Since its rebranding, Esquire is hardly the highest-profile network around, but it’s making a pretty strong bid to be one of the more obnoxious. Pushing a jet-setting lifestyle, the channel and movie producer Joel Silver have turned to Jean “Johnny” Pigozzi, an investor in high-tech firms — born with the proverbial silver spoon in his mouth — who has parlayed that into friendships with famous people. Their casual conversations provide the foundation for “My Friends Call Me Johnny,” but other than eliciting boorishness from the likes of director Brett Ratner and American Apparel’s ousted CEO Dov Charney, seldom has a half-hour felt this long.
Pigozzi describes his outlook on life as follows: “Never go to the office before 12. Business can be fun. And women like to have sex.” Setting the third aside, the first two would fall squarely into the “Nice work if you can get it” column.
Unfortunately, nothing about the premiere explains why Pigozzi is considered such a hale fellow, and the conversations, seemingly designed to catch the rich and famous in unguarded moments, simply involve prodding them to say jerkier things than they would in a more traditional interview setting. So Ratner brags about the women he dates — essentially characterizing them as bimbos, without using the word — while Charney (whose behavior cost him control of the company) mostly dances around Pigozzi’s more impertinent questions.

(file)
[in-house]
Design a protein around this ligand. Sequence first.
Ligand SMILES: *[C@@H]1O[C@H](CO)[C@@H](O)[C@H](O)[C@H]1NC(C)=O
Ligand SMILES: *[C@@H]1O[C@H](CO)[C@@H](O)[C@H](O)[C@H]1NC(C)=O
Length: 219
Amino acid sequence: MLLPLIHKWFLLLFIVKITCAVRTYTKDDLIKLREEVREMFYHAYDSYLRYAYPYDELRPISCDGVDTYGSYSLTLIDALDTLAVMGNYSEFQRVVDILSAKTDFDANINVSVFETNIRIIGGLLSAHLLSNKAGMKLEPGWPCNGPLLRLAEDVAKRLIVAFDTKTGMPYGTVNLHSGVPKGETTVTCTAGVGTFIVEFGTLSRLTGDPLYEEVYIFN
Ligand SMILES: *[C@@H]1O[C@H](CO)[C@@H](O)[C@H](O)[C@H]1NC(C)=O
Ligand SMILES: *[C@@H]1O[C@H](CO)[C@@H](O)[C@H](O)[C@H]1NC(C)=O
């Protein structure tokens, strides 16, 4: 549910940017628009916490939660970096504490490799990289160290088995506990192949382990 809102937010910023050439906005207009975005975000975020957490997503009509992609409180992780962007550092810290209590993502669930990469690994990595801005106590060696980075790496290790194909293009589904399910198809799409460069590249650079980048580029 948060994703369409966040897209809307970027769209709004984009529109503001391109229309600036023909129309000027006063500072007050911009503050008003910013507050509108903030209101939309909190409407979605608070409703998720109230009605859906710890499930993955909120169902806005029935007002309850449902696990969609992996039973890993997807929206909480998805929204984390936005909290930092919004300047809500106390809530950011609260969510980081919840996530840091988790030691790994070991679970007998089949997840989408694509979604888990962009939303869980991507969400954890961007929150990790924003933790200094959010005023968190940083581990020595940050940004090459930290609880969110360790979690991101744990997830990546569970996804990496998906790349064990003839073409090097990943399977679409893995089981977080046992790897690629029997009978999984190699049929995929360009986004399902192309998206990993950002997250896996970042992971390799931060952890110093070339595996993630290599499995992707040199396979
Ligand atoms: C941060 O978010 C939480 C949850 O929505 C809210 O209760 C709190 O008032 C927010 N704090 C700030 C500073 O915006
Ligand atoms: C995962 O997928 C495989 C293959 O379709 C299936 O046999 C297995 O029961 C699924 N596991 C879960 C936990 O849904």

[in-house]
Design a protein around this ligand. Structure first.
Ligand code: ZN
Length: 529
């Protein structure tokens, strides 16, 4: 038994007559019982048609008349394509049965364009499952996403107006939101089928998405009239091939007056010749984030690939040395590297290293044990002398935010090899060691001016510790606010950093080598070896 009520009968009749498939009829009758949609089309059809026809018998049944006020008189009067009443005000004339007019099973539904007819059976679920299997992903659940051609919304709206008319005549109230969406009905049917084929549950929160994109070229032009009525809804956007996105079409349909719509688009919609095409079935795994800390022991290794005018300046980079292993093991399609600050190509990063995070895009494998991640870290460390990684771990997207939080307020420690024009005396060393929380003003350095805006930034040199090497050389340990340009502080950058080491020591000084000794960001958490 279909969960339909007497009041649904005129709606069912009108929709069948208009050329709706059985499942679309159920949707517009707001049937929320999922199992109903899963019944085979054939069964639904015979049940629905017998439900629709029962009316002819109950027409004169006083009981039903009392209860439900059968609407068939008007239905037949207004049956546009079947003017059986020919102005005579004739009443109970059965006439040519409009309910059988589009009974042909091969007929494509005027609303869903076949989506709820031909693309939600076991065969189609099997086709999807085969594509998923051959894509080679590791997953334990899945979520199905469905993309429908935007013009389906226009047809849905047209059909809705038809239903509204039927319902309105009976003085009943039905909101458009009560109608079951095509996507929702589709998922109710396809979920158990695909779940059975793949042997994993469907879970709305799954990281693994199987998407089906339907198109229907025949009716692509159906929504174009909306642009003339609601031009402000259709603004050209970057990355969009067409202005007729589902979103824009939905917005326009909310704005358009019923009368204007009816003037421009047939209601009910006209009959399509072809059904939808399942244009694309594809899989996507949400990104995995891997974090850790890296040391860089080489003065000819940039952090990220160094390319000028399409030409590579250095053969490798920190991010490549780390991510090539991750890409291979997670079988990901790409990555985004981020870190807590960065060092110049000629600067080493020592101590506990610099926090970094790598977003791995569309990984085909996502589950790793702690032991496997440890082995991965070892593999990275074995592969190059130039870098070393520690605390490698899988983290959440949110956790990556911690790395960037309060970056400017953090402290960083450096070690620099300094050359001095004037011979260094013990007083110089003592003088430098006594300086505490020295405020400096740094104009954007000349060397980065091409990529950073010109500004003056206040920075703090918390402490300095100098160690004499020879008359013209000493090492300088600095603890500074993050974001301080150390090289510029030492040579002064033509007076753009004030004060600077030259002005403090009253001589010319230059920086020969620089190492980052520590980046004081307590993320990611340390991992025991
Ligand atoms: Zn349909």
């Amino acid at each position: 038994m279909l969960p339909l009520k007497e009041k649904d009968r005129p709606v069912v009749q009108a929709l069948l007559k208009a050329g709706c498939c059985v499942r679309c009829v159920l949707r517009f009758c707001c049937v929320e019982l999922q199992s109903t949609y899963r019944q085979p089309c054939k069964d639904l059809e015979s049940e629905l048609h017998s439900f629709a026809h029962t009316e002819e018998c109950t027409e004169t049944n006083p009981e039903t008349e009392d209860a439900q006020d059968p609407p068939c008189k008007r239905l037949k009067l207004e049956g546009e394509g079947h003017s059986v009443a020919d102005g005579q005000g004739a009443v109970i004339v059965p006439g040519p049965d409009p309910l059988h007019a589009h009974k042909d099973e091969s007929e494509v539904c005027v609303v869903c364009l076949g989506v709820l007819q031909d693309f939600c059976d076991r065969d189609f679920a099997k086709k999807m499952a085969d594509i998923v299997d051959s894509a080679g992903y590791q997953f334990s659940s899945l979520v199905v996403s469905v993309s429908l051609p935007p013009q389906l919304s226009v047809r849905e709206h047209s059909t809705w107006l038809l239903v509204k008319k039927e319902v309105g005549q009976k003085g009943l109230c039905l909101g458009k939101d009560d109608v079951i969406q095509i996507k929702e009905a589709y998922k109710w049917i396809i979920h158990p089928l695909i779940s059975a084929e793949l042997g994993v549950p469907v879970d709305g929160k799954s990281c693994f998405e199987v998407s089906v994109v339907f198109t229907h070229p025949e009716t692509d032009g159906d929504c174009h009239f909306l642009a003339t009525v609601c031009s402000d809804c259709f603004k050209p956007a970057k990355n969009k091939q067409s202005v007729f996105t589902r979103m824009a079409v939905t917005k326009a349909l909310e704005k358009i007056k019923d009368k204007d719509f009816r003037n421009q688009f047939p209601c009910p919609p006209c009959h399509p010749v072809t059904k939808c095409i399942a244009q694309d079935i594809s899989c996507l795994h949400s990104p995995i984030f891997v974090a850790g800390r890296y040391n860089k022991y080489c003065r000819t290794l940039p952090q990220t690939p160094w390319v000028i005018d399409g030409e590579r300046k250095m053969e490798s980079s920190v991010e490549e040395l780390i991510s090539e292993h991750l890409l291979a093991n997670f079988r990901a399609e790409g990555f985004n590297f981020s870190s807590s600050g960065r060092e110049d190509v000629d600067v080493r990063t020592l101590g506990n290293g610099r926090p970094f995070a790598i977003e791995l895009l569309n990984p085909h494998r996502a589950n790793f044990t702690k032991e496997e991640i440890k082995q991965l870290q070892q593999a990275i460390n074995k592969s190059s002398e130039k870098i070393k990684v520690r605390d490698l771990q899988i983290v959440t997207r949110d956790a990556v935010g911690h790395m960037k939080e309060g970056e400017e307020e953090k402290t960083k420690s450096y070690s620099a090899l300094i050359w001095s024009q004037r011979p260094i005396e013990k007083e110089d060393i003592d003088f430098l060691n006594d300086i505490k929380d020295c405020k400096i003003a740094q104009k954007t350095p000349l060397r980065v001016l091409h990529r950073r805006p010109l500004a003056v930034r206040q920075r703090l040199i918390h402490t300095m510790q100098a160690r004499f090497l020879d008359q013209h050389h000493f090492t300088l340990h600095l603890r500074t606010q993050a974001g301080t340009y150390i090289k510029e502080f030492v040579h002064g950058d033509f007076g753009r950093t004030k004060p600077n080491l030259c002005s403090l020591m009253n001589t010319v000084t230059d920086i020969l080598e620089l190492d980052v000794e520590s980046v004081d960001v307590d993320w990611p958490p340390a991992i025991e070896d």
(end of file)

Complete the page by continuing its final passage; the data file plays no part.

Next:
A second episode, featuring Michael Douglas and chef Mario Batali, is slightly better, if only because the actor (perched on a yacht in Monte Carlo) shares stories about his reckless younger days. That said, it’s still the equivalent — with apologies to Batali — of empty calories.
If there’s a genuine point to any of this, it remains elusive, despite the promise of other famous friends — including Calvin Klein and Martha Stewart — in future installments. Basically, the show is caught in the chasm that separates finding one’s friend riotously funny and exposing him to the world, expecting everyone else, who lacks that history, to share those sentiments.
Esquire still seems to be in something of an experimental period, understandably, since adopting the name nearly a year ago, but watching this sort of flabby, irritatingly star-struck exercise merely reinforces the suspicion that the fabulous-lifestyle-for-men niche, transplanted to TV, might be a flawed construct.
Either way, if “My Friends Call Me Johnny” is in any way indicative of the channel’s direction, don’t call us; we’ll call you.